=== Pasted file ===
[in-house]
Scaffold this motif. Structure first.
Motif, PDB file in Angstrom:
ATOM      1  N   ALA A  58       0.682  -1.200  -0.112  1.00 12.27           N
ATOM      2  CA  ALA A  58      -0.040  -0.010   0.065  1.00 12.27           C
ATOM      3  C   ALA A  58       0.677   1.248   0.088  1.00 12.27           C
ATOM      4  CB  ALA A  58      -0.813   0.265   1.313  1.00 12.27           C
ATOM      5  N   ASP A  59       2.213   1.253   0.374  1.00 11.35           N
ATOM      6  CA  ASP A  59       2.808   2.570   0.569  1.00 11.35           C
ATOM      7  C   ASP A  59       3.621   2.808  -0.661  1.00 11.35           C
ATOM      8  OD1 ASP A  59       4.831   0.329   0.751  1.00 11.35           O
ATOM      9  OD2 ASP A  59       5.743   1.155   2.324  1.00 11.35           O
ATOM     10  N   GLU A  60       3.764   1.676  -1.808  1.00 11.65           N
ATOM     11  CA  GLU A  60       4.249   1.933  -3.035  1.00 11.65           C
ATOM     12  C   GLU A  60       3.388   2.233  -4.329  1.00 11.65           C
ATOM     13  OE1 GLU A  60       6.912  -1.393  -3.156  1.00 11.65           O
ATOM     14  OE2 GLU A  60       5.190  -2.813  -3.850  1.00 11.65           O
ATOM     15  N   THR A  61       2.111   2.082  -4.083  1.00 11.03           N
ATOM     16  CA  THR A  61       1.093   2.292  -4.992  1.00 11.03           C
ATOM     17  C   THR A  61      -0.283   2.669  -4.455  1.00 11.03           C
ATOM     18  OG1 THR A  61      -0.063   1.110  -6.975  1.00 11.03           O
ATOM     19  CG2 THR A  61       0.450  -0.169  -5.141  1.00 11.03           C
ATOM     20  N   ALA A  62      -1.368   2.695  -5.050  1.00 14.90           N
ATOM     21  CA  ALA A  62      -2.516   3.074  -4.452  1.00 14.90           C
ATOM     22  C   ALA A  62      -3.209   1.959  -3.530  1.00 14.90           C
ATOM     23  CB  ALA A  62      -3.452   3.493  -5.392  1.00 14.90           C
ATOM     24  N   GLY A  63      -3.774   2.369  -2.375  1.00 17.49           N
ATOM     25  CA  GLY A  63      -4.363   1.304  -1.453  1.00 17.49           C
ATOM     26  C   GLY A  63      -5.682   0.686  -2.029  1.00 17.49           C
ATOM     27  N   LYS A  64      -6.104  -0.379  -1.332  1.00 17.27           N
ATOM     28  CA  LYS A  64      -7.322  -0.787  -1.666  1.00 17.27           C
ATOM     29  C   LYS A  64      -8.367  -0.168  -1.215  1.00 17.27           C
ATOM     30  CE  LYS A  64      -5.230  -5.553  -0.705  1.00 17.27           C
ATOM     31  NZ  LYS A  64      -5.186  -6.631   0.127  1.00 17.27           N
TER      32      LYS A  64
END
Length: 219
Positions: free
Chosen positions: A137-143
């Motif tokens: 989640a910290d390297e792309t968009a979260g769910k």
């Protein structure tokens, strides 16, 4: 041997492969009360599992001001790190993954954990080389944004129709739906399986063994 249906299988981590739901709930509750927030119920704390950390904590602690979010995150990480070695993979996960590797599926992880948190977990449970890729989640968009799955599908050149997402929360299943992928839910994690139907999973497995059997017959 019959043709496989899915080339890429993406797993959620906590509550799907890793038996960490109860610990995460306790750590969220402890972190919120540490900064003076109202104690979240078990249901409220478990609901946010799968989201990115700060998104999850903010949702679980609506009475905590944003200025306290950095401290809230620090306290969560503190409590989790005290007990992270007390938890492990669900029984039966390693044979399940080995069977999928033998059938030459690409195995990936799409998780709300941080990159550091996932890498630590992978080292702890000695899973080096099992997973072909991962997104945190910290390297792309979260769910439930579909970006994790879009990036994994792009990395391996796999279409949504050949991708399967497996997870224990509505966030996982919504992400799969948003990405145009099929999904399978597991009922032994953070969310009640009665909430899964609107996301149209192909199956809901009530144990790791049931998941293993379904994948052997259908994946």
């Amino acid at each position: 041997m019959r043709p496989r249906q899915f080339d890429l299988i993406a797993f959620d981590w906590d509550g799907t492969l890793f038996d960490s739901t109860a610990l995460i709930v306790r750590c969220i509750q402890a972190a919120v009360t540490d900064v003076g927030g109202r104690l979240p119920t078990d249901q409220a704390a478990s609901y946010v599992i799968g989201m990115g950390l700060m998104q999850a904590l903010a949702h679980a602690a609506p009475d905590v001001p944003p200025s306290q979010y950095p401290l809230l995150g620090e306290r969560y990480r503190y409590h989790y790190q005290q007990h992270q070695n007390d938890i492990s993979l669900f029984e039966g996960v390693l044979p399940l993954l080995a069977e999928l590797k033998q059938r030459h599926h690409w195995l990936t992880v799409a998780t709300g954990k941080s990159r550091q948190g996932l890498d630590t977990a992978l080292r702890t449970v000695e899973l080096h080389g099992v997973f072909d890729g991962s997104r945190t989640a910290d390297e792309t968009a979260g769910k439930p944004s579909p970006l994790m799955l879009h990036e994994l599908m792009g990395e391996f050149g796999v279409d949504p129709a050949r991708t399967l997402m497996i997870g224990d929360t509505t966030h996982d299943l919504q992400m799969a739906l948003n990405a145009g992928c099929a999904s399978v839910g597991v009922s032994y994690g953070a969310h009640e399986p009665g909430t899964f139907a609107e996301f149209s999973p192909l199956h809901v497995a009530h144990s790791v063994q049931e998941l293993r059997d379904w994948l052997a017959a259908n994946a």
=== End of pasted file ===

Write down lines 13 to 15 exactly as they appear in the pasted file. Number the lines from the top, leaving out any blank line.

ATOM     10  N   GLU A  60       3.764   1.676  -1.808  1.00 11.65           N
ATOM     11  CA  GLU A  60       4.249   1.933  -3.035  1.00 11.65           C
ATOM     12  C   GLU A  60       3.388   2.233  -4.329  1.00 11.65           C